Racial Stigma, Institutionalized Racism, And Racial Illusion In Modern Society
Since its inception in the late 15th century, the concept of race has become a building block of western society and manifested its way into our everyday lives. The use of race within our society is consequential, resulting in racial stigma, institutionalized racism, and racial illusion. “Race” was invented to justify a morally wrong past. For instance, by putting specific people into categories based on appearance, people who believed they were of a higher status than others were given a sense of justification to their actions. A stigma by definition is, “an identifying mark or characteristic”. This correlates to racism in our present because all of our depictions of stereotypes were a direct effect of stigmas in the past.
Steve Olson makes a statement in his article, “The End of Race” on how stereotypes surrounding native hawaiians hinder them from finding steady jobs, causing poverty, and ultimately resulting in crime. Native hawaiians, racially named “Haoles”, face discrimination including stereotypes such as being “cold, self-serving, arrogant, meddling, loud and… smelly”. The notion of race has generated many stereotypes that have and continue to cause setbacks for large groups of people. An example being African-Americans.
African Americans in New York City are 8 times more likely to be arrested for marijuana possession than white people. Two races accused of the same crime, however, due to a past of sheer racism, a stereotype was born that Black people are criminals, and so law enforcement presumably arrest the man or woman with the stereotype. This is just one example of how Black people in just America alone are hindered by race. These are real consequences of social construction and the categorized grouping of people based on physical appearance. Institutionalized racism, or systemic racism, refers to governing bodies that have power politically, culturally and socially within a society. This form of racism is especially relevant in America due to the government’s policy and practices that have a predominantly negative consequences on racial minorities.
This interfering with their accessibility to goods, services, and opportunities. Many in America believe that racism has disappeared, however this is false. Racism has only manifested itself. Institutionalized racism is often mistaken for individualized racism, where one person insults physically or verbally another person of a “minority” race. Black men or women are 3.7 times more likely to be arrested for marijuana possession than a white person in the United States, as a whole as a pose to my early fact about New York City. This is a prime example of how deeply embedded racism is within our government. Another being how our country counts its citizens, according to their race. The Justice Department of the United States government has been pushing to adding citizenship questions, which will end result in many immigrants living in the United States being discouraged from filling out the government issued form. This will have grave impact on many high-volume cities, arising undercounted populations lacking in political representation and services. Many of these immigrants fearing deportation, or deporting of their loved ones. If humans think beyond physical outward appearance, and deeper in our anatomy, race does not exist. Our outer physical features are what we believe separates us. People of different “race” are genetically differentiated by which has more propensity towards certain diseases. “Sickle cell disease is usually found among people of largely African or Mediterranean descent, for instance, whereas cystic fibrosis is far more common among those of European ancestry”.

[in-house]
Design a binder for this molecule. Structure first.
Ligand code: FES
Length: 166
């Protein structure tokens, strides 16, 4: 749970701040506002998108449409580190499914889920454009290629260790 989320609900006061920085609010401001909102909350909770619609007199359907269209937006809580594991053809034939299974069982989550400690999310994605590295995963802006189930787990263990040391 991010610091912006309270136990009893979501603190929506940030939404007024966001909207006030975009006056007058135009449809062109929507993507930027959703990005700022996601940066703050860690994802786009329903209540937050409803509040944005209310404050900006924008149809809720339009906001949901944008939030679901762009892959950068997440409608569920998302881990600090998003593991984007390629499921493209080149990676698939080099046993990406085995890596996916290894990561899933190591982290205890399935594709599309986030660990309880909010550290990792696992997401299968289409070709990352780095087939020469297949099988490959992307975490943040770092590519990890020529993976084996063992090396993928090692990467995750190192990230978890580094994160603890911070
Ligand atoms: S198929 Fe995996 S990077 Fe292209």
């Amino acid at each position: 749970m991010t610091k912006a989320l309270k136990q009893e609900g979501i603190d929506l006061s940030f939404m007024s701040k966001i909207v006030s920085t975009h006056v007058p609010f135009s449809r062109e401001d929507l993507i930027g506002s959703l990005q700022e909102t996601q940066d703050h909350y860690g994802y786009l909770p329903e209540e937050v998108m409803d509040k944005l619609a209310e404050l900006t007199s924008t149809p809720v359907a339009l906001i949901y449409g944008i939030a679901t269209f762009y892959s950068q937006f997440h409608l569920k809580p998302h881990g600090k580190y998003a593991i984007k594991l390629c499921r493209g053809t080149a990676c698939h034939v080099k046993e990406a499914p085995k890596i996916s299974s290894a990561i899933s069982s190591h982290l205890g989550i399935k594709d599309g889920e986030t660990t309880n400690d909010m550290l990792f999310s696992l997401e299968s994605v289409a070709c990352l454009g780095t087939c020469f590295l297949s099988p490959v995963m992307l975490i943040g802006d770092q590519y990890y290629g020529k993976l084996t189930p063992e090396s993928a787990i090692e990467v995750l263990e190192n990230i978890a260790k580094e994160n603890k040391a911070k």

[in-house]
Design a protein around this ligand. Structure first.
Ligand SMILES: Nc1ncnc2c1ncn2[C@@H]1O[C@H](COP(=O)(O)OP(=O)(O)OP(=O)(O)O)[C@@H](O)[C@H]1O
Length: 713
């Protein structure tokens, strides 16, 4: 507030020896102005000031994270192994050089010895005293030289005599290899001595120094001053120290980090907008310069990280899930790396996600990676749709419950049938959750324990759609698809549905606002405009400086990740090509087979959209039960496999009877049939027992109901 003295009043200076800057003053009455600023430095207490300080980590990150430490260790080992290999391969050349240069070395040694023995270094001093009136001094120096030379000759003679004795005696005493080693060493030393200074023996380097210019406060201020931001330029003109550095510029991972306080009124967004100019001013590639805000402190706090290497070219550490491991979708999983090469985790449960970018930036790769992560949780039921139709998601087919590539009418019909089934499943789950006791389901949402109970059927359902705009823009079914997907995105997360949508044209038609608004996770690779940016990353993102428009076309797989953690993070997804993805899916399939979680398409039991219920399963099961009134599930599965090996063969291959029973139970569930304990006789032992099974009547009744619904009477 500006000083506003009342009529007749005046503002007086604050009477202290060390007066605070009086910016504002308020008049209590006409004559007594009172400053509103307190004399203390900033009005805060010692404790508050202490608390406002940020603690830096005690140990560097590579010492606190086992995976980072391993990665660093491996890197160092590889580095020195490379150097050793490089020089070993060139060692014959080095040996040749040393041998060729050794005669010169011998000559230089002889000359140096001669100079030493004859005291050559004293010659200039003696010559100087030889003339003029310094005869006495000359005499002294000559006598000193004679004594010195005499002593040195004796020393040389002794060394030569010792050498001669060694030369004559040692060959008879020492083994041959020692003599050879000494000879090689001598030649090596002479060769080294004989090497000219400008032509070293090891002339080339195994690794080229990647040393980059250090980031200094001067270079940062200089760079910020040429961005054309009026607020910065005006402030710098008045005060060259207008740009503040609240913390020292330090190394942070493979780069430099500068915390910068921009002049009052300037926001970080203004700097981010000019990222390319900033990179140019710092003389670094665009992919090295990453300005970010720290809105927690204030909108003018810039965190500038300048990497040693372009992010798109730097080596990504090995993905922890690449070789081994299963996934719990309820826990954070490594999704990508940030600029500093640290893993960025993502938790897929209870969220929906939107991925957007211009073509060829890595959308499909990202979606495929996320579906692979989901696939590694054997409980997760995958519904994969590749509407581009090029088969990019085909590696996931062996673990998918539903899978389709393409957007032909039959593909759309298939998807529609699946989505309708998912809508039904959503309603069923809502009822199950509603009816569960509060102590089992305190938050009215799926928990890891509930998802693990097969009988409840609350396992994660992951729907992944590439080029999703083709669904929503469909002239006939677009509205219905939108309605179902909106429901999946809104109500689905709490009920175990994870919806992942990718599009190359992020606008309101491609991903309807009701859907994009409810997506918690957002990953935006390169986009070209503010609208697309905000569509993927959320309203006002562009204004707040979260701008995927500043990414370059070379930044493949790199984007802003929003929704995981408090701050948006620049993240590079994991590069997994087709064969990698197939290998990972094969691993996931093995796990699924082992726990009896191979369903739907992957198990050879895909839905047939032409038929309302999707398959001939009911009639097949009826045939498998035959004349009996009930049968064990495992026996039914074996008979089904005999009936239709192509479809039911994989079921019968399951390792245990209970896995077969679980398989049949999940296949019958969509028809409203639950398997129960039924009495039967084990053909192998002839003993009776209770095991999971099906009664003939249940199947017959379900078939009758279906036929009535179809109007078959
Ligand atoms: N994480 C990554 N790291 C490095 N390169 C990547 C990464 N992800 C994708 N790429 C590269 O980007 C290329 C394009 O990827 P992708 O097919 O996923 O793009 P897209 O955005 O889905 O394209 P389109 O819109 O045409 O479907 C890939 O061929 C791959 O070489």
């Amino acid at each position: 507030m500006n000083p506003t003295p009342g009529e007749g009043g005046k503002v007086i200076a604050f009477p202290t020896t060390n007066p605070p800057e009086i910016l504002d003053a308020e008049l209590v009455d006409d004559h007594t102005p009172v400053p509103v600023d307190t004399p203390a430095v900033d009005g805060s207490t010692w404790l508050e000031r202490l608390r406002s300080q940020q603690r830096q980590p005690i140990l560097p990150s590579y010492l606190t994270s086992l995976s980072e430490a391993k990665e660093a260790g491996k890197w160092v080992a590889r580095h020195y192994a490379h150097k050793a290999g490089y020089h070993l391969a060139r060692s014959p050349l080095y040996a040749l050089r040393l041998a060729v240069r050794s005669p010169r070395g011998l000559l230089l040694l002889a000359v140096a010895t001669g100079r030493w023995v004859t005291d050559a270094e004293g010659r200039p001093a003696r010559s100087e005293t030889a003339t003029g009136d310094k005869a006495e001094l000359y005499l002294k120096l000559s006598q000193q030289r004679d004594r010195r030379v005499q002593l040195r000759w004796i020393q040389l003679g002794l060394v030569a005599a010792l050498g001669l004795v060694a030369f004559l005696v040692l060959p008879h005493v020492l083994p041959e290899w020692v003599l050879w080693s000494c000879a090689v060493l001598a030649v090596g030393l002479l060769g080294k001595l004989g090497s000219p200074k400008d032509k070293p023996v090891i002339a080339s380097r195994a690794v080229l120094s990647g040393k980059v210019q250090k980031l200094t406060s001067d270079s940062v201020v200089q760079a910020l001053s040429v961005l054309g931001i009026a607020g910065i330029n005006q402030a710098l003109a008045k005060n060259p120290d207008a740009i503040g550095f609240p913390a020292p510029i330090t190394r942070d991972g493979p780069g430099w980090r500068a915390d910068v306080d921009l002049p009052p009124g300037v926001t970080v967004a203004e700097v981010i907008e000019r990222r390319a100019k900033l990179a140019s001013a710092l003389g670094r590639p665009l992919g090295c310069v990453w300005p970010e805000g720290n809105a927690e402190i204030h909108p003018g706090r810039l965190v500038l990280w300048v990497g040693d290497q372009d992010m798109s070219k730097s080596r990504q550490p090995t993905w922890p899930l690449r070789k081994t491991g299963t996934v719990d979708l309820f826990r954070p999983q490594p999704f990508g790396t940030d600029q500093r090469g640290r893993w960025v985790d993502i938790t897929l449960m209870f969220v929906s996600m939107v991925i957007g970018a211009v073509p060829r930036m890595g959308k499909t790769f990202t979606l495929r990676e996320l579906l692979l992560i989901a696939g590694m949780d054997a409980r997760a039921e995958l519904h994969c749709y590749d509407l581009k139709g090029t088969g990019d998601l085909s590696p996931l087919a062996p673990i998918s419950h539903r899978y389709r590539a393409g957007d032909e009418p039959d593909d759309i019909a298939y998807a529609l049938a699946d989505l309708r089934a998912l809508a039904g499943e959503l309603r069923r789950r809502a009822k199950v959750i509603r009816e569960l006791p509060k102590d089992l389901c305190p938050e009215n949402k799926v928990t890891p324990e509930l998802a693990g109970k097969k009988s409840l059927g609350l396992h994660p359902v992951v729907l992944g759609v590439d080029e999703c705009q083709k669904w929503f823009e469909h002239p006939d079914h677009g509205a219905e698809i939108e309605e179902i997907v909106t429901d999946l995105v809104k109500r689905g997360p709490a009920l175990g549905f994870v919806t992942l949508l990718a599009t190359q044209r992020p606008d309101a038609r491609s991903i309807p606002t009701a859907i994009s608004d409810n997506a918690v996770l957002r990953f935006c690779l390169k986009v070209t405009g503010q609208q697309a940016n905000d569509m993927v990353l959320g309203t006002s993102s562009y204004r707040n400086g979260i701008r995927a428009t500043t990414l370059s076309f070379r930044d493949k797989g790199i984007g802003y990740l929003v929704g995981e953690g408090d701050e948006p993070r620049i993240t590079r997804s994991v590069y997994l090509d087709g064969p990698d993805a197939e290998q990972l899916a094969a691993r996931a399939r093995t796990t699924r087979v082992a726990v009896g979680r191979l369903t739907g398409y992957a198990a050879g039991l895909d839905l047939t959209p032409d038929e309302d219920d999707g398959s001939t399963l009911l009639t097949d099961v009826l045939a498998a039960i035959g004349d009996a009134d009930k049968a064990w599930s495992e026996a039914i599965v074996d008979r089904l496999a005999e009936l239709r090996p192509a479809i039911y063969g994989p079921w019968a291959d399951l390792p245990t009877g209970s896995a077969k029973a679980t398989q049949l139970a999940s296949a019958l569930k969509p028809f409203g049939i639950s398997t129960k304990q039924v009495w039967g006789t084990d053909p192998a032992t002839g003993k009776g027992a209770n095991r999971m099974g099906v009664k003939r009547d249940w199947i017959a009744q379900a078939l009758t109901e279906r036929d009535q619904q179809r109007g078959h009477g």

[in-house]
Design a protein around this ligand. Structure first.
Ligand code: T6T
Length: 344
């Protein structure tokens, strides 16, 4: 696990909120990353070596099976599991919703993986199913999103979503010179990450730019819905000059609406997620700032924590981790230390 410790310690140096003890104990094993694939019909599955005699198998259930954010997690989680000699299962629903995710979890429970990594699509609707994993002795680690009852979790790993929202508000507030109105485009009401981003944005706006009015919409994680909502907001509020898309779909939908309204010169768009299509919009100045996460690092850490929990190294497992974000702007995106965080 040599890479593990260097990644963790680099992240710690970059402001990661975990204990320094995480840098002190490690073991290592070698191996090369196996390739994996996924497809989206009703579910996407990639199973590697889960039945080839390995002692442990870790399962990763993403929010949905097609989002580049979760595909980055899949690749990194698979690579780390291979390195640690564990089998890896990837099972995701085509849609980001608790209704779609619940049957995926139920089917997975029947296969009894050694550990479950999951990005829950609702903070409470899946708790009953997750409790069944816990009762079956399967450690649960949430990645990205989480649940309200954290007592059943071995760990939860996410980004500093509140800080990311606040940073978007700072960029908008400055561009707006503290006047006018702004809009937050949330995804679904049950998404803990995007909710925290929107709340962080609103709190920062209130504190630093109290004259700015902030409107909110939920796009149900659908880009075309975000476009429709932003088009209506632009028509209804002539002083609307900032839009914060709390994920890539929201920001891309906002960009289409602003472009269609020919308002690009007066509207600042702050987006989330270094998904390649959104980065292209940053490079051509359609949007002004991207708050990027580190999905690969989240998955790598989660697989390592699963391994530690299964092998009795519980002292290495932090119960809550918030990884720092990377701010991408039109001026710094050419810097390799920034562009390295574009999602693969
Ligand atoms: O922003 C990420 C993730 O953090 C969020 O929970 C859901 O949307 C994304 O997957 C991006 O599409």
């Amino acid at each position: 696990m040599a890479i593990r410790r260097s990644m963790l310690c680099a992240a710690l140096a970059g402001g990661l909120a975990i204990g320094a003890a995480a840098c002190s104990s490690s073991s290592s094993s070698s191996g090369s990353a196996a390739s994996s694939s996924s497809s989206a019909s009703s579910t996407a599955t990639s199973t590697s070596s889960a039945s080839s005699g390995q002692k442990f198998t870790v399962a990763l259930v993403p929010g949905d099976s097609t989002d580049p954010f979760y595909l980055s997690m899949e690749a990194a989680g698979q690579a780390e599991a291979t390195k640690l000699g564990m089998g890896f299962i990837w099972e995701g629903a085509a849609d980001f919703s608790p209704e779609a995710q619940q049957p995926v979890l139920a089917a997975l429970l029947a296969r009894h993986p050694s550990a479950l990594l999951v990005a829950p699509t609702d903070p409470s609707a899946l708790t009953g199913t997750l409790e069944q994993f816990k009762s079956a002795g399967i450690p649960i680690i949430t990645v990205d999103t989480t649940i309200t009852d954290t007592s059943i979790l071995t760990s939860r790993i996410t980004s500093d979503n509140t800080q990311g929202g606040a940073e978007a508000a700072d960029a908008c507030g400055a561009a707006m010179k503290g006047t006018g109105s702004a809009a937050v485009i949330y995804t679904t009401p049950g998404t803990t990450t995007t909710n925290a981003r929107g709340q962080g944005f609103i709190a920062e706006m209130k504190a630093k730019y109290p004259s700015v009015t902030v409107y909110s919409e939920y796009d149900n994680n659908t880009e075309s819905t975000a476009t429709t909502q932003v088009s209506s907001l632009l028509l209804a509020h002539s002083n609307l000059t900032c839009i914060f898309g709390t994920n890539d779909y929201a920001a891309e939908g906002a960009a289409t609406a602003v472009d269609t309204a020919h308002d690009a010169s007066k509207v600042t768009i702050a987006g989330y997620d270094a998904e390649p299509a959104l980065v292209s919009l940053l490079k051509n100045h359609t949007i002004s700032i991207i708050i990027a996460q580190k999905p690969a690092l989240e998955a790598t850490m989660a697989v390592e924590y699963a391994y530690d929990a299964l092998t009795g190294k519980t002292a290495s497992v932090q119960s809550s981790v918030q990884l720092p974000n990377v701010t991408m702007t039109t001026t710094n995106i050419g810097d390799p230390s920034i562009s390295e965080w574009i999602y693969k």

The reason that race is an illusion, is because we as humans have created categories for humans based on physical features, presuming that our genes reside most with the race we come from or are a part of. Our category. There is a preconceived notion that race is biology, when in fact it is an idea of biology. Although populations of human beings do bundle in certain geographic locations, the actual variation between these populations are very minuscule. The lines that we believe divide us, are actually very blurry if we look at them in perspective. There is no such thing as a “uniform identity” that isolates us from one another. Only our societal belief has made us this way, causing large consequences within our societies as a whole.
Cite this Essay
To export a reference to this article please select a referencing style below